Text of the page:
As Connecticut gears up to establish a legal recreational cannabis market, state officials are looking at the industry as an opportunity to boost workforce development efforts.
Workforce development is baked into the recreational marijuana law, including a requirement that licensed cannabis businesses enact plans to train people for industry jobs.
The law also authorizes up to $50 million in general obligation bonds for the state Department of Economic and Community Development and Social Equity Council to use for various purposes, including workforce development programs that could include an accelerator program.
But beyond that, workforce development officials are meeting with professionals from the state college system, regional workforce boards and cannabis industry to develop programs and curriculum that will help train Connecticut residents for careers in this newly legal green sector.
“Our goal is to have [cannabis] employers inform [a job training] curriculum so that we’re connecting job training to employers who have a current demand need,” said Kelli-Marie Vallieres, director of the Connecticut Office of Workforce Strategies. “Cannabis is going to be another one of those areas where our two- and four-year [higher education] institutions are going to be looking to support the industry.”
Last year researchers at the Connecticut Center for Economic Analysis (CCEA) projected that legalizing adult-use cannabis would create thousands of jobs in the industry and sectors adjacent to it. CCEA’s study predicted legalization would add just over 1,800 jobs to the state’s economy in year one and about 10,500 by year five.
By 2024, the industry will likely add nearly 4,000 jobs in the state’s agriculture sector, 3,000 in state and local governments and 1,400 retail jobs, according to CCEA.
Those numbers are guiding Vallieres’ efforts to develop cannabis industry job-training programs, which will be tied to workforce development efforts for other industries in the state like health care and manufacturing, she said.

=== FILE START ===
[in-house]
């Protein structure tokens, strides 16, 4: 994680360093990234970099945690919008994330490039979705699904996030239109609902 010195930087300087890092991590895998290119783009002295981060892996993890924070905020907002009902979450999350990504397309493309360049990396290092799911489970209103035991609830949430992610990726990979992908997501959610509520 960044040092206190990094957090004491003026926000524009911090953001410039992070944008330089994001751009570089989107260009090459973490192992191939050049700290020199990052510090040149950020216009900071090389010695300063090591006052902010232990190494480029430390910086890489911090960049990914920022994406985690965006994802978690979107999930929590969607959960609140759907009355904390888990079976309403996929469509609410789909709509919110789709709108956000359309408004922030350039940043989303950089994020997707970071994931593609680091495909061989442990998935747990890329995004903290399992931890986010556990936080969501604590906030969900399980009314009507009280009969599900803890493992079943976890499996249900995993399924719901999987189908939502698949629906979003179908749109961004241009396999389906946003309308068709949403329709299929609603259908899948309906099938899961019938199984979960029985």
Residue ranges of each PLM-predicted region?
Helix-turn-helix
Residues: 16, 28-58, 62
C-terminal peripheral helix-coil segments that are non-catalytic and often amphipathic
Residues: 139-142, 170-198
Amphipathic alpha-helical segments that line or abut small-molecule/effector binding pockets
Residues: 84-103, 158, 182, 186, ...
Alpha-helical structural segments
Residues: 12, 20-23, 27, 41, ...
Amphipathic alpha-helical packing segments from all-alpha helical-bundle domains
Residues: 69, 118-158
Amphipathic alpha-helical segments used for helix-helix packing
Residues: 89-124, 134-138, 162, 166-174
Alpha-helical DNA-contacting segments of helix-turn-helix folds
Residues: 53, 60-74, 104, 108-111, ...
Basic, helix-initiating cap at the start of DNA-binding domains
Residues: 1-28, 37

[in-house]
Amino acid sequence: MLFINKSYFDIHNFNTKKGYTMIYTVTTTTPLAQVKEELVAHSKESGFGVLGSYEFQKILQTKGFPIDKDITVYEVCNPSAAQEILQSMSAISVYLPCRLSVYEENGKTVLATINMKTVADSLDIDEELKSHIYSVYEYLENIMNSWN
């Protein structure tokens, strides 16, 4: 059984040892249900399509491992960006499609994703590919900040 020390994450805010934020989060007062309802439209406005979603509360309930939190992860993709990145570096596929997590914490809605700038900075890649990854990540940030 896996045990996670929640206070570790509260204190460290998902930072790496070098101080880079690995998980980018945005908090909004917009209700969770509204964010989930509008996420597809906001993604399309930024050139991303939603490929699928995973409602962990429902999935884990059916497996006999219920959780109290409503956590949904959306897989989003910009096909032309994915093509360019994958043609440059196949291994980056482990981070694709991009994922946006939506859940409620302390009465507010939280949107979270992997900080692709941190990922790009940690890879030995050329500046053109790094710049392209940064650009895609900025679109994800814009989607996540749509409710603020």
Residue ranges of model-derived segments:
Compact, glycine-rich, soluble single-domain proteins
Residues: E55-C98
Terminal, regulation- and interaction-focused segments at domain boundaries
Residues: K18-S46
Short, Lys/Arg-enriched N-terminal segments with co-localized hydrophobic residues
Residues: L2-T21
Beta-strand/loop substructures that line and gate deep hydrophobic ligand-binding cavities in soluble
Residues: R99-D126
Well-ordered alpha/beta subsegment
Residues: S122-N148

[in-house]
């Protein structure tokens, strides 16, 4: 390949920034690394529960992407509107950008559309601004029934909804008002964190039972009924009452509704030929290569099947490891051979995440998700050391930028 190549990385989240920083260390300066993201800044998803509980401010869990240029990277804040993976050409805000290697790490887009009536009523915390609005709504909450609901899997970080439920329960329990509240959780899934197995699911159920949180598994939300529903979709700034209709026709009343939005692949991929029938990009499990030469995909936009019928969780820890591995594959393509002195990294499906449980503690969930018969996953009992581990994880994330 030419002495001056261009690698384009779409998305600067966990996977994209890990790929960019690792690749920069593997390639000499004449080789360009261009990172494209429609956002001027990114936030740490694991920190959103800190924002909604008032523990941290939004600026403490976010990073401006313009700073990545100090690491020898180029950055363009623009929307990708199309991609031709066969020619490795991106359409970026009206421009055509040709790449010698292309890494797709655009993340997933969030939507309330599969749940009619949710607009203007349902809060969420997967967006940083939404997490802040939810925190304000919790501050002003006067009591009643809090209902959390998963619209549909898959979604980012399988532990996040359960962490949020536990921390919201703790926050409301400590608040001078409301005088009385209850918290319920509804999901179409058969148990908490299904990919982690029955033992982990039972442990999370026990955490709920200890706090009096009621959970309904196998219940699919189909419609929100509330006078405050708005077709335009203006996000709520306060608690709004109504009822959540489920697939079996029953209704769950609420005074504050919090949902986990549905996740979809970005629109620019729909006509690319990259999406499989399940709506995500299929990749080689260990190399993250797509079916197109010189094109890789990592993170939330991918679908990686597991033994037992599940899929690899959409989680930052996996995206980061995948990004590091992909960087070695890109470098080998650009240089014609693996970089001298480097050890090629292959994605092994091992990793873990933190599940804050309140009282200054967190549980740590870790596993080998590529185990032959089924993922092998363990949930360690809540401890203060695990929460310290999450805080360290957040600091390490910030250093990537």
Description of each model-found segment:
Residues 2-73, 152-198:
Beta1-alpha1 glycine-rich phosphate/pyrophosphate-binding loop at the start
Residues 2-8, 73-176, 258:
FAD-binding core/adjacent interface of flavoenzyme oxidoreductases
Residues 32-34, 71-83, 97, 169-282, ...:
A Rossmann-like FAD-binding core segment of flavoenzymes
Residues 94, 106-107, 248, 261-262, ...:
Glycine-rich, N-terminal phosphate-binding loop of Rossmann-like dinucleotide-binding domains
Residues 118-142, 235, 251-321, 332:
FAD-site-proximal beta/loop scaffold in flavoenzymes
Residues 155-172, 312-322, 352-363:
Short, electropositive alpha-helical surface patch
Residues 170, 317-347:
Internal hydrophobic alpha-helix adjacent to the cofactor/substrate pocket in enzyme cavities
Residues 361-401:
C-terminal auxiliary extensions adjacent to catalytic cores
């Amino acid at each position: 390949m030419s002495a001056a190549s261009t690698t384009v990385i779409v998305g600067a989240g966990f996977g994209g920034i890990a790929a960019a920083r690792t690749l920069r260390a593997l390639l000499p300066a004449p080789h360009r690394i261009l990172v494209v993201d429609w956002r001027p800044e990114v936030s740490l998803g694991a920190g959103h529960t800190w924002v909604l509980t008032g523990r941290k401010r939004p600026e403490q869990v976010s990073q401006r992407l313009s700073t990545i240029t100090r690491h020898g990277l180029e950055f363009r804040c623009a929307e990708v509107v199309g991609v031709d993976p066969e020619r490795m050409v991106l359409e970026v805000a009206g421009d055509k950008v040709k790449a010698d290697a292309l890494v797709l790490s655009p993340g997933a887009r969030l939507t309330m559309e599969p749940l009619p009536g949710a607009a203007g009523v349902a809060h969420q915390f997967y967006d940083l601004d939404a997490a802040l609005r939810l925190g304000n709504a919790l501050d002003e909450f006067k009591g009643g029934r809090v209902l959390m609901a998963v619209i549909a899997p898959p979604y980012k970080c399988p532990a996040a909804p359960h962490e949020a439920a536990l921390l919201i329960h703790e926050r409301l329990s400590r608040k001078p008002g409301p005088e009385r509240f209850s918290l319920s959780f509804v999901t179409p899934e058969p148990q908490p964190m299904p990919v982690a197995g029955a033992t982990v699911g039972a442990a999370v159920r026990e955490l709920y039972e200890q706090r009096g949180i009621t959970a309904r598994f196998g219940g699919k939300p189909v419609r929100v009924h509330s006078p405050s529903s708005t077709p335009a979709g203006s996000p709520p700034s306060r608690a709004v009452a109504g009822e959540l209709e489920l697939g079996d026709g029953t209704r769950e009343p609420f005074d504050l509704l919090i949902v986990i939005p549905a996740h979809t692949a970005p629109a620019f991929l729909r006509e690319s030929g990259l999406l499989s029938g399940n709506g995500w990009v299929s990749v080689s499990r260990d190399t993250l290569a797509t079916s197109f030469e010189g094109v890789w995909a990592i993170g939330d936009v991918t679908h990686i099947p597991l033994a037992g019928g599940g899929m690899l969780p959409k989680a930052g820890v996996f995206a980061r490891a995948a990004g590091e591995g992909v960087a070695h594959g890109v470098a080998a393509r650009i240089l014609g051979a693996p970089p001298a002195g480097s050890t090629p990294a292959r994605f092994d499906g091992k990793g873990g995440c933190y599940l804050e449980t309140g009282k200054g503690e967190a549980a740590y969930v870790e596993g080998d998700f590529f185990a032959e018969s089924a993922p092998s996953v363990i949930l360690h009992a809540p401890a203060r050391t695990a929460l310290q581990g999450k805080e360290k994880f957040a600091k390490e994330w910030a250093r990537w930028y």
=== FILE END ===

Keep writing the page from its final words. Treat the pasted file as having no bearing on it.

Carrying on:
“What we’re looking at is taking the best practices of the manufacturing [training] programs, and using that as a systematic platform for how we can tackle other industries, like health care, IT and cannabis,” Vallieres said.
Vallieres said community colleges and four-year universities in the Connecticut State Colleges and Universities (CSCU) system will be instrumental in providing cannabis job training.
Schools within the CSCU system are already offering cannabis industry courses, but will expand current offerings and create new ones as the industry grows, said Diane Bordonaro, chief regional workforce development officer for the Capital-East region of CT State Community College.
“There is a lot of interest in the topic,” Bordonaro said. “We really take our cues from the industry, and as the industry grows … we will be matching the programs to what the needs are.”
Last year Quinebaug Valley Community College in Danielson and Willimantic established a one-year, 18-credit program that covers cannabis horticulture in addition to topics like business principles and marijuana law. Three Rivers Community College in Norwalk started a medical cannabis program in 2019, and Naugatuck Valley Community College in Waterbury is debuting a course providing training in hemp and cannabis production this fall.
Additionally, Tunxis Community College in Farmington is looking to start a cannabis industry training program, Bordonaro said.
Bordonaro also said she thinks there’s a lot of room for growth in cannabis-focused entrepreneurship training programs.
Quinnebaug’s nearly two-year-old program is in growth mode right now, said Brian Kaufman, an English teacher and head of Quinnebaug’s industry training curriculum.
As the sector grows and gets more sophisticated in the state, Kaufman said he’s looking for a new program director with experience in the field.
The director will likely be someone with a master’s degree or Ph.D.-level expertise in agriculture, preferably with cannabis experience, Kaufman said. It will be important to hire someone more knowledgeable in these areas as Quinnebaug may grow the one-year certificate program into a two-year degree program transferable to CSCU’s four-year institutions.
Kaufman said growing the program makes sense, as it’s consistently filled up with about 30 students per semester, and he still receives multiple inquiries from prospective students each week.
“The inquiries are coming from people who are still in high school or just leaving high school, to people who have jobs who are looking to switch industries,” Kaufman said.
UConn also recently expanded a cannabis horticulture program established in 2019 that teaches the fundamentals of the plant’s grow cycle, optimization of cannabinoid content and post-harvest handling, among other aspects of growing.
This summer, UConn launched an advanced course that focuses on skills directly applicable to employment in the cannabis industry, like how to extract cannabinoids from cannabis plants and common challenges in commercial cannabis production.
As Vallieres starts work on developing workforce development programs for the marijuana industry, she said any training will likely start around the time or after recreational retail sales begin.
“You never want to train people and then say, ‘You’re all trained up, but your job doesn’t start for another six months,” she said.